There is a custom processor that reads data from SQL Server and creates a flow file per row. This causes creation of millions of flow-files and the destination queue often gets full. The objective is to prevent triggering of the processor if the destination queue is full.
The background thread about the backpressuring & throttling .
In our dev. env., in spite of adding 'Back Pressure Object Threshold' and 'Back Pressure Data Size Threshold', the processor executed every (scheduled)5 minutes even when the destination queue had far more number of files than configured. I am a bit confused about the following said in the documentation :
Several factors exist that will contribute to when a Processor’s
onTriggermethod is invoked. First, the Processor will not be triggered unless a user has configured the Processor to run. If a Processor is scheduled to run, the Framework periodically (the period is configured by users in the User Interface) checks if there is work for the Processor to do, as described above. If so, the Framework will check downstream destinations of the Processor. If any of the Processor’s outbound Connections is full, by default, the Processor will not be scheduled to run.
Can any of the below ways prevent processor triggering the moment :
TriggerWhenAnyDestinationAvailable. It's documentation says :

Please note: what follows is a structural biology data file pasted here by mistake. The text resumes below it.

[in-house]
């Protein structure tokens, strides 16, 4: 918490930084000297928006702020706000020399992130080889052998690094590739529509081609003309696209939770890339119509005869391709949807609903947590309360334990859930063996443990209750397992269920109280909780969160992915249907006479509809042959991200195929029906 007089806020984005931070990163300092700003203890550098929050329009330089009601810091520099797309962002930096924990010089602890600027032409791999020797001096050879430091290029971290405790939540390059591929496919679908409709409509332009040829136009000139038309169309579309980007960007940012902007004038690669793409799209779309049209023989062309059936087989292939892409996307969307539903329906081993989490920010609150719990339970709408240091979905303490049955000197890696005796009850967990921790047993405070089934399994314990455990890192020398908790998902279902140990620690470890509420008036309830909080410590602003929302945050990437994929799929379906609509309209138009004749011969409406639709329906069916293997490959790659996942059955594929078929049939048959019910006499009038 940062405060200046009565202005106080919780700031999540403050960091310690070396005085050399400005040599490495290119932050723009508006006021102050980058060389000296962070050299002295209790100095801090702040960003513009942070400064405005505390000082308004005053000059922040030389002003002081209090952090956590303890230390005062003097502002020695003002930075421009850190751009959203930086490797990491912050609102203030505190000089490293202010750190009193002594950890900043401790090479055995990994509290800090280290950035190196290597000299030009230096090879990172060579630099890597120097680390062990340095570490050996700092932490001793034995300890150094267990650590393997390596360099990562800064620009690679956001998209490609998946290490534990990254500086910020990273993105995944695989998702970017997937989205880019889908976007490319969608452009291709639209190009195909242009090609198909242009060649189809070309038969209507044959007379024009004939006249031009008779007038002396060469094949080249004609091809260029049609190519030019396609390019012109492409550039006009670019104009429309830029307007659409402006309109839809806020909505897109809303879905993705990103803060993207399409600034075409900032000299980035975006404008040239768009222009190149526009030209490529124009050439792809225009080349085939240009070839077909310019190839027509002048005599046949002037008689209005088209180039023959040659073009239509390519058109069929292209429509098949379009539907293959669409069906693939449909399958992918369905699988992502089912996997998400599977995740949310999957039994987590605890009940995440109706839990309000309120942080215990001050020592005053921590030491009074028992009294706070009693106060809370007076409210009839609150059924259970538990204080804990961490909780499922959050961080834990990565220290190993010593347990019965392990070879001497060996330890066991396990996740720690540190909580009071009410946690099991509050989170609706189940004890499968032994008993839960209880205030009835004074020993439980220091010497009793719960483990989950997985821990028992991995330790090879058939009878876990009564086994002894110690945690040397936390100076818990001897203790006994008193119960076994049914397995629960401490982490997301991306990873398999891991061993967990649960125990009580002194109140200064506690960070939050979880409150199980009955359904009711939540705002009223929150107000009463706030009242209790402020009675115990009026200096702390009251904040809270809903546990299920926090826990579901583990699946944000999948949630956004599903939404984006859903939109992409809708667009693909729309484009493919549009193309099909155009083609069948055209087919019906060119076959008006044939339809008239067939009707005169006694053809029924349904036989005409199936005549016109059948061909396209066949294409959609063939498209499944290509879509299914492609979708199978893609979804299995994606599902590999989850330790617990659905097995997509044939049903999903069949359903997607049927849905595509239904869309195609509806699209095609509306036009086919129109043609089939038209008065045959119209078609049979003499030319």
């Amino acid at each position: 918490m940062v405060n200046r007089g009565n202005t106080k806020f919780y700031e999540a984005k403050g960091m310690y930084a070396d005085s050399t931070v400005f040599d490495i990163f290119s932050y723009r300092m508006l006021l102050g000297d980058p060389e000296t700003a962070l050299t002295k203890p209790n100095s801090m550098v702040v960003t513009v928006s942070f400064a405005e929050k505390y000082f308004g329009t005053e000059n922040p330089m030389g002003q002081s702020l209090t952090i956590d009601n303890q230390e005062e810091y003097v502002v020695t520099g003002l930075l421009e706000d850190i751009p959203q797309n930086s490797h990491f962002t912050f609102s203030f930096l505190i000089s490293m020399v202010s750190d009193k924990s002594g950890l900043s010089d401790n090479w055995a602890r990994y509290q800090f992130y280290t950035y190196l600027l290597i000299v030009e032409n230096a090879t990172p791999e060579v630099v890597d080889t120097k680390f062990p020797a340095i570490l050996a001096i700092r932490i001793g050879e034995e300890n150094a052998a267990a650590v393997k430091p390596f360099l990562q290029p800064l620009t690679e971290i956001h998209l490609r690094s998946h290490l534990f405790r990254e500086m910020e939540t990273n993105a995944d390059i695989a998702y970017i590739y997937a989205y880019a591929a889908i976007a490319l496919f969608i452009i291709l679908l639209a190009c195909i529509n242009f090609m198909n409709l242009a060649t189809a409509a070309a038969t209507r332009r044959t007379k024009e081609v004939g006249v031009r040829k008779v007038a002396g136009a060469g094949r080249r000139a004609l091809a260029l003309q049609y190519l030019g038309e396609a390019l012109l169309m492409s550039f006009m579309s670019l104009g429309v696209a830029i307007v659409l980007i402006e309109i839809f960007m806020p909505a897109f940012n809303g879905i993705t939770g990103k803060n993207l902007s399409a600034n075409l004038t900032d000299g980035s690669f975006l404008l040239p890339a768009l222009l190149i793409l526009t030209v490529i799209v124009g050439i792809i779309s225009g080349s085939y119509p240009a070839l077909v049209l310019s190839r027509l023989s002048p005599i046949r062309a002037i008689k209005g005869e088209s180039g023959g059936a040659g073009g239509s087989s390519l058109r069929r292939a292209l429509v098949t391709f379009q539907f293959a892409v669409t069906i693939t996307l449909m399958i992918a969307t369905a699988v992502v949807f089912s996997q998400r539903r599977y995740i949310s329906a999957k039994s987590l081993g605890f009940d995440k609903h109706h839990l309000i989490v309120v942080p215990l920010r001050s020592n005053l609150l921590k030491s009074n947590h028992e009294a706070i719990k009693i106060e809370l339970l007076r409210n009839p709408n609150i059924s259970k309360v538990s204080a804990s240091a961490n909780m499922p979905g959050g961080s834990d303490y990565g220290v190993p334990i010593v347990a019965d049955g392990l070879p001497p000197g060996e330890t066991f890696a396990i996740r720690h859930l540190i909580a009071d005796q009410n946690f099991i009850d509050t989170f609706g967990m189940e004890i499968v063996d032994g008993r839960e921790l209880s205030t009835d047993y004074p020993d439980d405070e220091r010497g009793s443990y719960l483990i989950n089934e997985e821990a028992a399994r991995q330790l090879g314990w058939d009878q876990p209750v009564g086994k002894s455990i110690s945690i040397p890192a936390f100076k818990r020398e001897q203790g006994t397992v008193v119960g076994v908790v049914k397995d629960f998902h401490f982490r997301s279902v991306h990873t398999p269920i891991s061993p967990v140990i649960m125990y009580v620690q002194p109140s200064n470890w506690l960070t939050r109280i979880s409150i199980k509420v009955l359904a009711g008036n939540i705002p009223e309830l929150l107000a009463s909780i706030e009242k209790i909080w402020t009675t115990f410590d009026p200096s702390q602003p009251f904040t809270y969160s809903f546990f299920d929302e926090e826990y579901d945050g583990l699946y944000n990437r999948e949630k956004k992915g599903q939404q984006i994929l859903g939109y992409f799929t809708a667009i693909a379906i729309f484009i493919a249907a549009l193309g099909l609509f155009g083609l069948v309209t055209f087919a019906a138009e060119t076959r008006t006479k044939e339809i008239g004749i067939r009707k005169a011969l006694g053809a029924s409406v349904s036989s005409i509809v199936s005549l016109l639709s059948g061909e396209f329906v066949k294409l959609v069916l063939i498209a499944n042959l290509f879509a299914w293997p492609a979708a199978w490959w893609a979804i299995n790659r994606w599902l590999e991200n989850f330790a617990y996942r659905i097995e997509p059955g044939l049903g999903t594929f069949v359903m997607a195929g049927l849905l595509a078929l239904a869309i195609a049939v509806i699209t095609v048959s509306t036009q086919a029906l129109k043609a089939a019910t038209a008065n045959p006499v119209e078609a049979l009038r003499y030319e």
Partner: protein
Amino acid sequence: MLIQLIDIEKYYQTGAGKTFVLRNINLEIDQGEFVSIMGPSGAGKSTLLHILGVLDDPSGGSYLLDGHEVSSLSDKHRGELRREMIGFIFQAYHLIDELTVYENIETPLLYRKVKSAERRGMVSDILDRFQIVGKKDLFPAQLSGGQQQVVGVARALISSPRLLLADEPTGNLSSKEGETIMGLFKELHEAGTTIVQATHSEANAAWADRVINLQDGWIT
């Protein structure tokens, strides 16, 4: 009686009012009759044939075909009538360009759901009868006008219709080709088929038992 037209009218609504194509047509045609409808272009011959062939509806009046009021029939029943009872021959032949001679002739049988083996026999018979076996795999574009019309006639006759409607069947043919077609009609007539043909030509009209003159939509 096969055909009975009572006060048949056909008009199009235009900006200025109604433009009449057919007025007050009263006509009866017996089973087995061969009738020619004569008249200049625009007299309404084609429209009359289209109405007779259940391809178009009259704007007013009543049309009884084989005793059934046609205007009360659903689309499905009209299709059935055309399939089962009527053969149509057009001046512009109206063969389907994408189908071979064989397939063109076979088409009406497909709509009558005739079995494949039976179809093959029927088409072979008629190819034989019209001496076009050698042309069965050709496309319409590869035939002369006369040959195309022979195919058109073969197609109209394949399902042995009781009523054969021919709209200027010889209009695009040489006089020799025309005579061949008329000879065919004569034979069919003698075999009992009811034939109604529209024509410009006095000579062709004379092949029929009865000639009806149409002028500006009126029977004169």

By default, NiFi will not schedule a Processor to run if any of its outbound queues is full. This allows back-pressure to be applied all the way a chain of Processors. However, some Processors may need to run even if one of the outbound queues is full. This annotations indicates that the Processor should run if any Relationship is "available." A Relationship is said to be "available" if none of the connections that use that Relationship is full. For example, the DistributeLoad Processor makes use of this annotation. If the "round robin" scheduling strategy is used, the Processor will not run if any outbound queue is full. However, if the "next available" scheduling strategy is used, the Processor will run if any Relationship at all is available and will route FlowFiles only to those relationships that are available.
Back-pressure will stop the processor from executing, but back-pressure can only be detected if the queue is full before the processor is going to execute. Take this example... Processor A and Processor B and the queue between them has back-pressure set to 100 flow files and currently there are 99 flow files in the queue, so Processor A gets triggered because the 100 flow file limit hasn't been reached yet. Now if this single execution of Processor A produces 100 flow files, it will be allowed to put all those in the queue and there will be 199, and now Processor A won't execute anymore because on the next check it will be over 100.
There is a method on the context that you could use to check if any outbound queues have space:
/** * @return the set of all relationships for which space is available to * receive new objects */
You should also consider trying to not produce millions of small flow files, you will get significantly better performances if you can write batches of thousands, or even tens of thousands, of rows to a single flow file. This will depend on what you are doing in the rest of the flow, but many of the "record" processors were introduced so that records could be passed around in batches and processed in place.